I founded the Floodgate Poetry Series in 2014 because I wanted to uniquely showcase the work of various poets at various stages in their careers via the chapbook, an often-overlooked form that captures the essence of a poet’s vision and voice. Each volume publishes an original chapbook by a poet who has yet to publish a full-length collection, a poet who has published three or fewer full-length collections, and a poet who has published four or more full-length collections. Volume 6 includes CMarie Fuhrman's first book of verse, Camped Beneath the Dam; Dexter L. Booth's second collection, Rhapsody; and a co-written chapbook by father-daughter duo, Nicole and Peter Cooley--combined, they have published well over ten collections--Vanishing Point: a call and response.
The chapbook, as a form, is laser focused. It is brief but provides the poet just enough space to meditate on a particular subject or way of versifying experience. The chapbook is small yet powerful, and while the chapbook is as unique and diverse as the poets who make it, the chapbook reflects a vision of the world as it is right now—no matter how the poet is writing or what they are writing about, in the case of Volume 6: the “sudden loss of the wife/mother” (Vanishing Point), “the black people that in recent and preceding years have been doused and dismembered” (Rhapsody), and the “fusion of earth, animal, human—a one-ness, beautiful, and also damned” (Camped Beneath the Dam).
I hope you enjoy the following excerpts as much as I do.
Andrew McFadyen-Ketchum, Founder and Editor of the Floodgate Poetry Series
Conversation Starters or Things I’d Never Say to You in Public
-by Dexter L. Booth, from Rhapsody
-for R. A.
False: Napoleon didn’t shoot off the nose of the Great Sphinx of Giza.
The truth is humbling: the Sufi Sheik, Sayim al- Dahr blew up the nose
because, of course, any statue of a negro’s face that large
must have been idolatrous.
These are my thoughts on Halloween night,
two-thirds into a bottle of Syrah, 20,000 miles
from home, and dressed in zombie latex that
only came in two shades of Caucasian. All this glue
and the wounds won’t stick. All this fake
blood and brown Sharpie so I can tell
everyone I am a dead black guy
resurrected by the White Man Virus,
and you’ll laugh.
At the end of the night Christine’s friend will
take photos on the porch, after a moment
of focusing his camera say, “I can’t see you,”
to which I’ll responded.
That, sir, is racist.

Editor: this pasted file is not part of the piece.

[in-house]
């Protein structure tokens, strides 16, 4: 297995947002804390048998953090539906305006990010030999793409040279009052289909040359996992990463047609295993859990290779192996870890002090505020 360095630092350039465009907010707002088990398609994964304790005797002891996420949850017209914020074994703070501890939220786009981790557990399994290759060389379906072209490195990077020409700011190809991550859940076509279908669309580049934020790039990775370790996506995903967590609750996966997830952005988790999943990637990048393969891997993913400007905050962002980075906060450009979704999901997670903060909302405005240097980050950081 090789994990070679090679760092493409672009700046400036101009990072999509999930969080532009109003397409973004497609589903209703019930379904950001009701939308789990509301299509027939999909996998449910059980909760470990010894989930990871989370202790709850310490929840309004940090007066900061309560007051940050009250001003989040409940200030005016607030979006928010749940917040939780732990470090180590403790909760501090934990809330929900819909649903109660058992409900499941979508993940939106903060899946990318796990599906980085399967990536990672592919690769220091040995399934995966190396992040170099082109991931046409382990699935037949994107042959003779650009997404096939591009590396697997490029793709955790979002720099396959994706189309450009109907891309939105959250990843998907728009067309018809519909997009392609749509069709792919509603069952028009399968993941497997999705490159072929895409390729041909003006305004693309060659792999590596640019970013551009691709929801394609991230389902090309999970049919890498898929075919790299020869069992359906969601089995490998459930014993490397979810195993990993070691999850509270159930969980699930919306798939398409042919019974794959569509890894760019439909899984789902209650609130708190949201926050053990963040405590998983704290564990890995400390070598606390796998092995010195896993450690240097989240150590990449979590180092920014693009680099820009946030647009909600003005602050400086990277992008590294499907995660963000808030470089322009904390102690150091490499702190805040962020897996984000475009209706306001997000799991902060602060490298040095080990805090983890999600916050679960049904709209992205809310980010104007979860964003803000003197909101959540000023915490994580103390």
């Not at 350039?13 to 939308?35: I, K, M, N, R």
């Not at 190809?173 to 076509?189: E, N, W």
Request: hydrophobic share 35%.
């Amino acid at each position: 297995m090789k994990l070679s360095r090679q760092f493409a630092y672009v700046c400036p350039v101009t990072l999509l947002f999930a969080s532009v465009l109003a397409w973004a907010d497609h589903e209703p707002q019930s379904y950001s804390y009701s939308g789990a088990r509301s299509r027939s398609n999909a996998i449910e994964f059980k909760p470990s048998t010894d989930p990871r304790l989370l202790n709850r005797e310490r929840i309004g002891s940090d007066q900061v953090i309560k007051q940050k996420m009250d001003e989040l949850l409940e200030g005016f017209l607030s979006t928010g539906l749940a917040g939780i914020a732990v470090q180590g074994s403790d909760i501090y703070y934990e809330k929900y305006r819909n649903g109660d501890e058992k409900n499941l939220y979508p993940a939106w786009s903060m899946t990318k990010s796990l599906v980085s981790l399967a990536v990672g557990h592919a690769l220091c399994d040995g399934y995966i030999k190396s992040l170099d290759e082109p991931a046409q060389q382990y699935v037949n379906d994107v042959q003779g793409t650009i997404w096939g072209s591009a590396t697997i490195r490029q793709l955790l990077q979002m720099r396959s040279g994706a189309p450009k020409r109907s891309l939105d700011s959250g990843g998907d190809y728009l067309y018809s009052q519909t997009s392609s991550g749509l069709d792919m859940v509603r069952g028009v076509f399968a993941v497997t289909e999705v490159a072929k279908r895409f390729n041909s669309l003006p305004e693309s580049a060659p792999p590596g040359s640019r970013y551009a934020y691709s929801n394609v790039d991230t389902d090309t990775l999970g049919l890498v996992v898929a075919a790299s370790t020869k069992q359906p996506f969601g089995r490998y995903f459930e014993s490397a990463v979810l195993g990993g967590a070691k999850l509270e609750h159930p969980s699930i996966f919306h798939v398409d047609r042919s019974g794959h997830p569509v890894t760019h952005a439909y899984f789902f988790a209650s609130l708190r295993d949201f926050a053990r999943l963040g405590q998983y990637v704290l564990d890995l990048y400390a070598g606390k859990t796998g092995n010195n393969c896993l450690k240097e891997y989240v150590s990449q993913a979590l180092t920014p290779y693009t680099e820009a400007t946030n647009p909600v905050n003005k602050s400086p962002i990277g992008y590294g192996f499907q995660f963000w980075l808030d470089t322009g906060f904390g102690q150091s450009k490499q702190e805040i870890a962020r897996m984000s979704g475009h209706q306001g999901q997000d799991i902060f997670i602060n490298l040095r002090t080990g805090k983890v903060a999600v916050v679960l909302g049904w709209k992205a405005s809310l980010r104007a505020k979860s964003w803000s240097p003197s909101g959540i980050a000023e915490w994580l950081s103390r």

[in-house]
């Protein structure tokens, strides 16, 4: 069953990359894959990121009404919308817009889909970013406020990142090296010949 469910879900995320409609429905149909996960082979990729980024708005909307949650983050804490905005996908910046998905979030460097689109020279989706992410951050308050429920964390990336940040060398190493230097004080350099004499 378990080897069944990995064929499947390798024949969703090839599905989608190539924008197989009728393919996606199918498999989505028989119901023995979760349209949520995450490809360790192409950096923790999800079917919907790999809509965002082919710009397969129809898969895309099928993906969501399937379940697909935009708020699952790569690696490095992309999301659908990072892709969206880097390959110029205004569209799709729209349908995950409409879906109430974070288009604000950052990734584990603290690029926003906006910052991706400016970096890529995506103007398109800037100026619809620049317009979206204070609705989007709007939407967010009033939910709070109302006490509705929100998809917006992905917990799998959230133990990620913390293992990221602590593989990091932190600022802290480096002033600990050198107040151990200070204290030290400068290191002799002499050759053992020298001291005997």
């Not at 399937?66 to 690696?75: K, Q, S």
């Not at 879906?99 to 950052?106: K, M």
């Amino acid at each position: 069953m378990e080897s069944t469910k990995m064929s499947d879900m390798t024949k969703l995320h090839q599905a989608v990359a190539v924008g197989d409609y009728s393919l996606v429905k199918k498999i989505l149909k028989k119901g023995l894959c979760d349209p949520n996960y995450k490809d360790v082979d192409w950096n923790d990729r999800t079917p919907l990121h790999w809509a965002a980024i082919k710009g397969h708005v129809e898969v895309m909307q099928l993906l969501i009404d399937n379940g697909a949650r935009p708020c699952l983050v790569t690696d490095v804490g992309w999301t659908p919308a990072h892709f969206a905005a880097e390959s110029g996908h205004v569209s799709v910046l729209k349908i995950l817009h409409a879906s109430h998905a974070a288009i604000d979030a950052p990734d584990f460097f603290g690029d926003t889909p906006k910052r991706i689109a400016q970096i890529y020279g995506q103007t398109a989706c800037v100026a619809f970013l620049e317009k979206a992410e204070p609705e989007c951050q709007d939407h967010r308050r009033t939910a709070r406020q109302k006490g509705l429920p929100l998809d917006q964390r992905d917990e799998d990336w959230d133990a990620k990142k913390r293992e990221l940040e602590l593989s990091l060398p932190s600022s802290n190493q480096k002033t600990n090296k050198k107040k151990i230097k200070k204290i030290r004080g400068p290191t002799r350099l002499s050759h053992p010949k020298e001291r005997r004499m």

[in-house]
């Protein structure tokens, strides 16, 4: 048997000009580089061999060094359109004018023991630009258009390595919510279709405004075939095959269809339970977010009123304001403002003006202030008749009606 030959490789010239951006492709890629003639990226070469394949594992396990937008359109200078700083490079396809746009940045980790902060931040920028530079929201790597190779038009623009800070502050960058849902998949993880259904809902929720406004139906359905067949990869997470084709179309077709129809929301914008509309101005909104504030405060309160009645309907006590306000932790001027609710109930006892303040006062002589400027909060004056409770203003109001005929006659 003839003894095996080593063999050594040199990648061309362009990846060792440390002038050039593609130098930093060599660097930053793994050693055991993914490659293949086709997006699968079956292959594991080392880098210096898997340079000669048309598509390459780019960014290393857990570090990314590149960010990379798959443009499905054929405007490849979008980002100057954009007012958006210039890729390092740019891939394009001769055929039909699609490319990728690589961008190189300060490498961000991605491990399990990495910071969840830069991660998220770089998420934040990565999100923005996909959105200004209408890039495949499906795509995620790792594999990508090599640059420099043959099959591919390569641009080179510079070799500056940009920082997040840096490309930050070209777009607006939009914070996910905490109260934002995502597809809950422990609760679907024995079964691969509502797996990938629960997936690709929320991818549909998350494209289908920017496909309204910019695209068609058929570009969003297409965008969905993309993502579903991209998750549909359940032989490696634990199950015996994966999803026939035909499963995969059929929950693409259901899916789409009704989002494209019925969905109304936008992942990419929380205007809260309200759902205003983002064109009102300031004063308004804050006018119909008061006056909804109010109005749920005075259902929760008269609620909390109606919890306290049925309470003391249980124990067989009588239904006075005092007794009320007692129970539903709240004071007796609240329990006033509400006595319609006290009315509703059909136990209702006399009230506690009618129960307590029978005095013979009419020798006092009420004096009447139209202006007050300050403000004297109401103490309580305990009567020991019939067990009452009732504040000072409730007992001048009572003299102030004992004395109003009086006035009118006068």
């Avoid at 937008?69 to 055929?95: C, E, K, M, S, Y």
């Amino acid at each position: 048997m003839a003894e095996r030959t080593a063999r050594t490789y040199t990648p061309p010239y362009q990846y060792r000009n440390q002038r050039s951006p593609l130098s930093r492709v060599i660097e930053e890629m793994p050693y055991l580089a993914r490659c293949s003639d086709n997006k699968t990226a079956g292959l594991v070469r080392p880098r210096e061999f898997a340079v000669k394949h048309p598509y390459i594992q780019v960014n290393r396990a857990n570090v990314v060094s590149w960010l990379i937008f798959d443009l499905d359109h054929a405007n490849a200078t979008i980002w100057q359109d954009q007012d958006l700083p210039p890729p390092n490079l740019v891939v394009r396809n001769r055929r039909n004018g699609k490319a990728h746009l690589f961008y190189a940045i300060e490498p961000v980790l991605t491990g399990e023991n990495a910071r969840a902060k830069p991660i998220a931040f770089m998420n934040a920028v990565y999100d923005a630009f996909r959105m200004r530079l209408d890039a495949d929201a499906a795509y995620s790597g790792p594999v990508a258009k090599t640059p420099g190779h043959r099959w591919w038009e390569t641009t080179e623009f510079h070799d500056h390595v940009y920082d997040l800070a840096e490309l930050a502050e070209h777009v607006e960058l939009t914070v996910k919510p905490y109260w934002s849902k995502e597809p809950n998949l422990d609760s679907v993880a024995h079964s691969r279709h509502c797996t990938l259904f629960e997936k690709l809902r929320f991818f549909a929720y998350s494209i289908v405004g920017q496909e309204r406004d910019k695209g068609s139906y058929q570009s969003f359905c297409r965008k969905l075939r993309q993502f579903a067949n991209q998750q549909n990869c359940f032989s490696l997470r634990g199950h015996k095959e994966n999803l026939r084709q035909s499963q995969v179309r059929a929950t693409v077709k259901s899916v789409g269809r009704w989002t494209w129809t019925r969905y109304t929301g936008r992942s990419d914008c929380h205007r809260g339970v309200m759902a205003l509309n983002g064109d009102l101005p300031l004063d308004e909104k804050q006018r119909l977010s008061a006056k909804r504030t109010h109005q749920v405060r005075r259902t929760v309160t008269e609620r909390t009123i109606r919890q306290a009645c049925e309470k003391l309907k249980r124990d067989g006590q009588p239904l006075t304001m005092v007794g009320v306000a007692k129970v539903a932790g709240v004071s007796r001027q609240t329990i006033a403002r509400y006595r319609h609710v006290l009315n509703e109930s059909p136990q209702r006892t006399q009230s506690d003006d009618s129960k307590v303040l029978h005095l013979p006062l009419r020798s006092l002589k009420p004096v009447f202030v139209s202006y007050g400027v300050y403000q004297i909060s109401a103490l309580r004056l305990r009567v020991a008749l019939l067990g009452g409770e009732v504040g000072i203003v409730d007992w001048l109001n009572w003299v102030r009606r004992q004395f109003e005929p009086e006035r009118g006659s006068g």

It is a joke. It is a Sufi Sheik-Napoleon cannon-bomb
that has nothing to do with height, the number
of men you’ve seduced, the fact
that our lives are just expansion
and cooling; we are
the after effect of the Big Bang.
But I digress,
it is dark, and I am drunk.
I am drunk and you, dressed
as a bride’s maid, wearing six inch heels.
It is dark and we are friends
and I am inebriated enough for it to be
awkward that your breasts are
where I am used to seeing your eyes.
You, suddenly my height, and still
pleasant. So unlike Stripper Nick,
who will later say
he is going to college in CA to major
in brewing beer. Less than a year ago
he was one of two men fighting for your
bed in a bar parking lot.
And there’s Fernando
who two years past
dressed as a banana
but tonight is a panda
or a Hispanic guy in black face,
all excessively sexual
depending on your B.A.C.
and sense of humor.
This of course returns
to the dark. Scientists say that
if the universe keeps growing
outward the notion of a star
will be millennial mythology.
Imagine looking up and thinking
the Earth is the only thing…
Camped Beneath the Dam
-by CMarie Fuhrman, from Camped Beneath the Dam
Camped beneath Hells Canyon Dam
last night it started raining.
I moved my head outside the tent and let
rain fill the hollows of my eyes.
I never saw lightning
but heard thunder roll from beneath me,
the earth upside down, hooves of animals
bolting through clouds.
It started raining lamprey and sturgeon.
It rained so hard last night I was young again.
It rained so hard the earth moved
from the graves of my grandparents.
Their bones started dancing on the rocks
dancing like hail.
It rained so hard the river was young again.
Neither of us had our second names.
We chewed dirt with our first teeth.
We ran together with salmon, steelhead,
the shores lifted their skirts at our passing.
Last night the rain brought back my grandmother.
She put my head in her lap.
She told me stories, she told me carp
sucked the bones of my grandfather
her tears filled my eyes. Her braids tickled
This morning the skies are clear. A fly dances
on my nose. In the flooding light I move earth
worms from the trail. Sometimes
I toss their wet red bodies back into the river.
A selection from Vanishing Point: a call and response
-by Nicole Cooley and Peter Cooley
Shark’s teeth. Conch shell. Mother.
We are back on the Florida coast she loved,
at the Gulf’s edge, this first summer without her.
Since I arrived in Sarasota yesterday.
I have walked this white sand beach,
following continuous, sudden visitations
of you, quick intakes of breath.
I don’t believe in visitation—though my mother